I could go on. I could cite you passages that are well written. I could raise some of the specifics that I find hard to understand (Eck!). I could talk about the irritable pathos of Mr B, an interesting character but one that, again, I’m not sure illuminates anything other than Rosoff’s ability to make even a cranky low level bureaucrat into an almost heroic figure. Which, okay, is masterful writing, but my basic problem here was that for me the whole was somehow less than the sum of the parts. The sentences and characters were often interesting (although not Lucy or Bob, despite how central they are, and having the least interesting characters in the center might be one of the major flaws I can put my finger on), but the text as a whole wasn’t, and I could spend lots more words thinking about that but maybe not getting anywhere conclusive (because if I haven’t figured it out in 9 months, I’m not sure 900 words will get me any further).

But instead of doing all of that, I want to open it up to you.

Do you have this in your top ten? Is it not in your personal top ten but you can illuminate its charms? Am I just being dense, or am I the little boy who said the Emperor was naked? Comments are open, so start talking!

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About Karyn Silverman

Karyn Silverman is the High School Librarian and Educational Technology Department Chair at LREI, Little Red School House & Elisabeth Irwin High School (say that ten times fast!). Karyn has served on YALSA’s Quick Picks and Best Books committees and was a member of the 2009 Printz committee. She has reviewed for Kirkus and School Library Journal. She has a lot of opinions about almost everything (except current events, because she’s too busy reading YA literature to follow the news). Said opinions do not reflect the attitudes or opinions of SLJ, LREI, YALSA or any other institutions with which she is affiliated. Find her on Twitter @InfoWitch or e-mail her at karynsilverman at gmail dot com.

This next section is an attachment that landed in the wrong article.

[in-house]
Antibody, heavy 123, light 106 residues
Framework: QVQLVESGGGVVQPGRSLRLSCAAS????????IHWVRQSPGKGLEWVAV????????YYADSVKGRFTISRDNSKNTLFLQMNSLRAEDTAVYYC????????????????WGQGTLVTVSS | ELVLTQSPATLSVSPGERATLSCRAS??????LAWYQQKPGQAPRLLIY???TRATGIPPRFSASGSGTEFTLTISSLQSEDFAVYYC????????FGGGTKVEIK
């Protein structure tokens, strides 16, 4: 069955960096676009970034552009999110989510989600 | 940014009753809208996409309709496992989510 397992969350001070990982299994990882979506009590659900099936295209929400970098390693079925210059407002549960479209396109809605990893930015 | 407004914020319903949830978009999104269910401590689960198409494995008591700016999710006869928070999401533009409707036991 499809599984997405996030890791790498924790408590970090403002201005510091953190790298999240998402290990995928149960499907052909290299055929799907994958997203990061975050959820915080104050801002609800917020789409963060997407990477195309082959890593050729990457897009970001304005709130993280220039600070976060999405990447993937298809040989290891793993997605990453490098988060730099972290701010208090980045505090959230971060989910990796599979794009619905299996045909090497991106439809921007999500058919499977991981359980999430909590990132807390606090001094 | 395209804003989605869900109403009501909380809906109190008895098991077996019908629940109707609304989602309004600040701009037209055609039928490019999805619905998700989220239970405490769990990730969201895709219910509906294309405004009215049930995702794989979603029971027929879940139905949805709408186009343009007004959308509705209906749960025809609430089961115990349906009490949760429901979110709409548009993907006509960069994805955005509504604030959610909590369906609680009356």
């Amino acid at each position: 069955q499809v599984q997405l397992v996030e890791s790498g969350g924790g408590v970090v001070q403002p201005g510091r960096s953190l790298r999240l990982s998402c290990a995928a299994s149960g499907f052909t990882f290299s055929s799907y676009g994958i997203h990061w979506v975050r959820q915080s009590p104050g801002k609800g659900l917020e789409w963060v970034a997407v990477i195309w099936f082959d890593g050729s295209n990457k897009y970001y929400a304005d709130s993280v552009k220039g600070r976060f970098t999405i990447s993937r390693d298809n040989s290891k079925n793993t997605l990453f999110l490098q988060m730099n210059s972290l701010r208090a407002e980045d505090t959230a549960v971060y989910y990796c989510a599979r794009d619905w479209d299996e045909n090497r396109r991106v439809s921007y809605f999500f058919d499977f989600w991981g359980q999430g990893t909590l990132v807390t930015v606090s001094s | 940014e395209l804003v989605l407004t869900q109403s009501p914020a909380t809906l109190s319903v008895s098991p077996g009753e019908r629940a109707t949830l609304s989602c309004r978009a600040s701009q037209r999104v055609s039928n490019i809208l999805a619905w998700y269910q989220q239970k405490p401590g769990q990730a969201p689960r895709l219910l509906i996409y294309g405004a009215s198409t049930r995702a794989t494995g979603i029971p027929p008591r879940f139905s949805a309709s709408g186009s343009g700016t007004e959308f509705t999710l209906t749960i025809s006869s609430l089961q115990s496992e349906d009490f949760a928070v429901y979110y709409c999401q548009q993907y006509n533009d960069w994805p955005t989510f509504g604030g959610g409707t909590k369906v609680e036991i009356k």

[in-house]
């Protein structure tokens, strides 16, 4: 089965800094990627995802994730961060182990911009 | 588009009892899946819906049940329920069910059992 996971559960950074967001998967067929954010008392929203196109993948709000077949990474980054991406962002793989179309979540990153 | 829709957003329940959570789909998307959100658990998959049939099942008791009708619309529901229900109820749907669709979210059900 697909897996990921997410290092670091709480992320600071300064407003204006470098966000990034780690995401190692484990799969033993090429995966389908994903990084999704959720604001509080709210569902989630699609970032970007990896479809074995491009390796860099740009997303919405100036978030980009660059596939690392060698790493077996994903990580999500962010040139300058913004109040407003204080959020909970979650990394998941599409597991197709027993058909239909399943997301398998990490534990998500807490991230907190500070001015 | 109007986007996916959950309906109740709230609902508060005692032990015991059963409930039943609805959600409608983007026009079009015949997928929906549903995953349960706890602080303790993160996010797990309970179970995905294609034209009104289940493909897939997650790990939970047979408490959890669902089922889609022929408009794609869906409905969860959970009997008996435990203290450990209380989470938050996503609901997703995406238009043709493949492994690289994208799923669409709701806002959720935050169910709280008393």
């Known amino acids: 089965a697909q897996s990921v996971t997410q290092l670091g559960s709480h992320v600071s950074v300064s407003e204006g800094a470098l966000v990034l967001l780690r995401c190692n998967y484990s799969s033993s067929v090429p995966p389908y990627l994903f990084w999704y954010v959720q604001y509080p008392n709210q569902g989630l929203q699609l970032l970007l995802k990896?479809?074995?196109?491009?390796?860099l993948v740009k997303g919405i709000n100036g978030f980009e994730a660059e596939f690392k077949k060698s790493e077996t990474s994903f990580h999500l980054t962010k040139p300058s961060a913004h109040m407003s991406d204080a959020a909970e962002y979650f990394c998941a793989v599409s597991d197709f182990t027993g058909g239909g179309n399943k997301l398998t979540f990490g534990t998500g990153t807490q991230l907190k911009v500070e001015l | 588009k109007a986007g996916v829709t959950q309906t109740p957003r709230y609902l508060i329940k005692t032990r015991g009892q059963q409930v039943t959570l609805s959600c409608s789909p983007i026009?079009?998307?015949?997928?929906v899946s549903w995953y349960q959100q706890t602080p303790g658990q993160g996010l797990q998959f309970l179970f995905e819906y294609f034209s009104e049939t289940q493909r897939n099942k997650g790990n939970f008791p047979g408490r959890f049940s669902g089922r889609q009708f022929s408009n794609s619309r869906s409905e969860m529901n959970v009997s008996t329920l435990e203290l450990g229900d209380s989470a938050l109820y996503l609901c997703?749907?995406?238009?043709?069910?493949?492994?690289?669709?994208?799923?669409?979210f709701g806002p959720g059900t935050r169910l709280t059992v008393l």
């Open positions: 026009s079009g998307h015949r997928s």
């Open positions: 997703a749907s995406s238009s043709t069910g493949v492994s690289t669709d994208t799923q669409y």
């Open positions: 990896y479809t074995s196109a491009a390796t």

Comments

  1. Annie says:

    Is it odd that this review has actually made me want to check out There Is No Dog more? I thought it was an okay concept, but didn’t really grab me and somehow the stellar reviews didn’t sway me. The idea that there might be disagreement makes me want to give it a try and see where my review lands.

  2. Beth says:

    Ugh, not a contender. I can only imagine the reviewers who love it are as fed up with teenagers existing as the author seems to be.

    From an actual literary discussion standpoint I just didn’t feel like the world building was developed enough to support the premise. Or maybe it was thought it wasn’t necessary because it’s such a typical premise?